At the same time, my hours devoted to work had increased, and I was leaving Lucy – more often than not – in the care of my parents, so I could attend meetings. I was wracked with guilt that I wasn’t putting my daughter first, feeling like I was ignoring one of the lessons I had learned from my son. I simply didn’t know how to prioritize my life when everything in it seemed to urgently require attention.
Not taking the time to care of myself as I should, my weight ballooned, I was constantly fatigued, and my anxiety sky-rocketed. My husband was withdrawn and clearly exhausted. Feeling the tension that surrounded us, Lucy began to act out. And, as if my body was mimicking my mental state, my back gave out too.
In that moment when everything was going wrong, I realized that I, once again, needed to make a major change. Life could not go on this way, and moving alone was not going to solve our problems. I had been so preoccupied with my own feelings that I had been blind to my family’s suffering. And, if I continued on this downward spiral, Lucy ultimately would be the one hurt the most. She was eight months old, and I was confident that I had not yet been the kind of role model she deserved. I had to figure out how to accept my life for what it was and to recognize all of the good in it. But, this time, I couldn’t wait for circumstance to intervene – it was up to me to pull the trigger.
So, I started a diet – my hope was that, by taking this simple step, I would feel better physically and have more energy to focus on Lucy. With a meal plan in place and dinner now on the table almost every night, I also started to think that I might actually be able to achieve what seemed so easy for everyone else. As I began to meet these small goals, I began to feel cautiously optimistic that I could make even bigger changes for both my family and myself.
The same month, we finally moved into our new home. While I still hated to leave Andy’s little blue room behind us, I suddenly felt free from fear and anguish that chained me to the old house. And, surprisingly, I felt Andy’s presence in every room of this home he never knew. With that feeling came the realization that he was always with me – he was, in fact, a part of me – and that he would help me find the strength to keep moving forward. So, I let go of the guilt that I was leaving his memory behind. With this revelation in mind, Lucy and I began to head out of the house on little adventures – to the store, to the pool, to the playground, to play dates, and to the petting zoo. Together, we began to discover the joys of life, reveling in the tiny details that most people overlook.
By the time Lucy turned one, I had lost about 35 pounds and was on my way to losing even more. I also was feeling happier and more motivated than I had in years. I enrolled her in pre-school for nine hours a week, giving her a chance to play with other kids and giving myself a much-needed break. I talked to my boss, proposing an adjusted work schedule so I could better balance my life. My husband and I began to take the necessary steps to get our finances back in shape.
And, for the first time since 2009, I suddenly felt like I could take a deep breath. That the pressures in my life – the responsibility of taking care of a child, the daily duties of work, the maintenance of the house, the expectations of family and friends, the challenge of rebuilding my life – were not so completely overwhelming. That, while the pain was still there in the background, I now had real moments of peace in my day. That I could think. That I could laugh again. That I could love and be worthy of love in return. That I could allow myself to heal. And, I discovered that I was looking forward to meeting the person who I was becoming.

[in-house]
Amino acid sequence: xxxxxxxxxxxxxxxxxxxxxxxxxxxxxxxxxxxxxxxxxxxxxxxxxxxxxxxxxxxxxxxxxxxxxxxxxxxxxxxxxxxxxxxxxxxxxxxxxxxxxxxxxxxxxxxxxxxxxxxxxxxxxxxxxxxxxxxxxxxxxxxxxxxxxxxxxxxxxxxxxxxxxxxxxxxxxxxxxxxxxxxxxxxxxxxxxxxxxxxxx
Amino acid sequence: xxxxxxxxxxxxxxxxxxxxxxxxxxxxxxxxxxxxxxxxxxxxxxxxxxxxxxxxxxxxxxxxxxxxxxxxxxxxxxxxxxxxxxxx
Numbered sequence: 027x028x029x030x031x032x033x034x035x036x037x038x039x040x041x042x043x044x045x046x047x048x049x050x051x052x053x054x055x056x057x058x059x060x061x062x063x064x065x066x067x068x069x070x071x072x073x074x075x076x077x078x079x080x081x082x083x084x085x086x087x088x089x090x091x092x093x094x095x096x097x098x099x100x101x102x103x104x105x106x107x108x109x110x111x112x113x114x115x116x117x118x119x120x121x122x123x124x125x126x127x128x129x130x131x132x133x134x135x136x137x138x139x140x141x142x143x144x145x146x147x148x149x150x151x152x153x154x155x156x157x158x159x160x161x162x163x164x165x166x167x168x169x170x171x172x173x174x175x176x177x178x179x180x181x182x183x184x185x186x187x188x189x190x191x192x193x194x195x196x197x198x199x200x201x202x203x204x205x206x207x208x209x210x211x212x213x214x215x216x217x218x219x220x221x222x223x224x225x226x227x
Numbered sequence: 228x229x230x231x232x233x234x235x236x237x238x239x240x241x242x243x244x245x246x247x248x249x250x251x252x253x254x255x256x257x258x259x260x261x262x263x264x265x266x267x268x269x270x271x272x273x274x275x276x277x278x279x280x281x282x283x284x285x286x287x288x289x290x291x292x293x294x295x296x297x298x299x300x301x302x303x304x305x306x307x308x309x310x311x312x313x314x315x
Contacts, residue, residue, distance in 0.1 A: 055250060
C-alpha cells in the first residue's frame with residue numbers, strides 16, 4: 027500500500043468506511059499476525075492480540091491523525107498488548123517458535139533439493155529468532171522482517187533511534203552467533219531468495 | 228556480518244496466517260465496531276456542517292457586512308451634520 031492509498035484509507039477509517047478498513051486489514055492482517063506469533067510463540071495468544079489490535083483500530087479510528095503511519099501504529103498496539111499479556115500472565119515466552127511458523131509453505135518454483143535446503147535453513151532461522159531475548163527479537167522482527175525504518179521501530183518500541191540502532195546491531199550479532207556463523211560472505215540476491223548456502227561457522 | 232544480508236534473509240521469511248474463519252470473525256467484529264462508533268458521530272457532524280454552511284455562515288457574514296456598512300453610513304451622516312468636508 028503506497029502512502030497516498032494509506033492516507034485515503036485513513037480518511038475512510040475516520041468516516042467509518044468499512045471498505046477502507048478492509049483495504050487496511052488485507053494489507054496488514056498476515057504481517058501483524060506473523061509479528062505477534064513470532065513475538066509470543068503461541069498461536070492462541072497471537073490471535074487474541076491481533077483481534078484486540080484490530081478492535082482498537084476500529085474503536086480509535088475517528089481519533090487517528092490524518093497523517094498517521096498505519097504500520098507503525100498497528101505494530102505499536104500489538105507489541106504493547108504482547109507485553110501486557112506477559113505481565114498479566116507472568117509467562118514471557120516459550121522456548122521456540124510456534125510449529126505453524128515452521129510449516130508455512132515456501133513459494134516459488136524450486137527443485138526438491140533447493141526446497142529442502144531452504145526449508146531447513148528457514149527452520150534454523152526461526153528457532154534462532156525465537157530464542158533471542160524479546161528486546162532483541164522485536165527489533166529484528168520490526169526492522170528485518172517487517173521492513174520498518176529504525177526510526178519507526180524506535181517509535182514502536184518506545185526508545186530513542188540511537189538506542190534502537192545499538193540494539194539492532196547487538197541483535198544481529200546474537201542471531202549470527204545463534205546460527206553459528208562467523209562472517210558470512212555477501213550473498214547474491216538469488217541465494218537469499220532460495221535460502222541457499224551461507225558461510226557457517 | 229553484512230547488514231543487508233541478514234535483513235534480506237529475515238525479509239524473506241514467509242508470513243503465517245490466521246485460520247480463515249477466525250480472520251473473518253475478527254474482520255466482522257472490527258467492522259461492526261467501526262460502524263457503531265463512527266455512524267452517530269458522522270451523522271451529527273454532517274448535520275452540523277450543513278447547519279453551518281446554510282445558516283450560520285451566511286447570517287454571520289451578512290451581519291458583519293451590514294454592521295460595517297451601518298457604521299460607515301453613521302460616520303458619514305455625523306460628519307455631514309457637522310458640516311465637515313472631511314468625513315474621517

With that clarity, I realized that I had not just been grieving – I had been profoundly depressed. In retrospect, I could see the glaring red flags marking the signs of depression – the breakdowns, the outbursts, the inability to cope. It began in the post-partum days after Andy’s birth, and, fueled by the perfect storm of events following it, had taken over our lives. But, I could no longer blame all of my issues solely on circumstance – I had to be accountable for my actions. It was time to get over my fear of judgment and seek the help I needed.
I thanked my husband for being there for me without condition and for putting up with so much with little complaint. He took our vows – in sickness and in health, for better or for worse, for richer or for poorer – very seriously, and I will be forever grateful for that. He, in turn, apologized for not hearing my tirades as the cries for help that they actually were and for not assuming more control after I so clearly lost it. I also made sure my parents knew how much I loved and appreciated them for their willingness to help us, in any way they could, and for their patience with me. I gave Lucy too many hugs and kisses to count – for being the perfect heaven-sent child that she is and for giving me a reason to hope again. Silently, I looked to the stars and thanked Andy too – for sharing his strength with me and for guiding me during this search for peace.
With renewed awareness, I am continuing to reclaim my life – while understanding that, to do this, I must relinquish control over it. I still have my share of dark days, but I feel like I’m getting better at coping with them. I can now see the light at the end of the tunnel. I can bask in the joy that is my daughter without guilt. I can remember the wonder that was my son without tears. I am learning to have faith once more. I certainly am not done healing, but I am proud of what I’ve accomplished so far. I have been to the abyss, and I almost got lost in it – but, slowly but surely, I am finding my way back.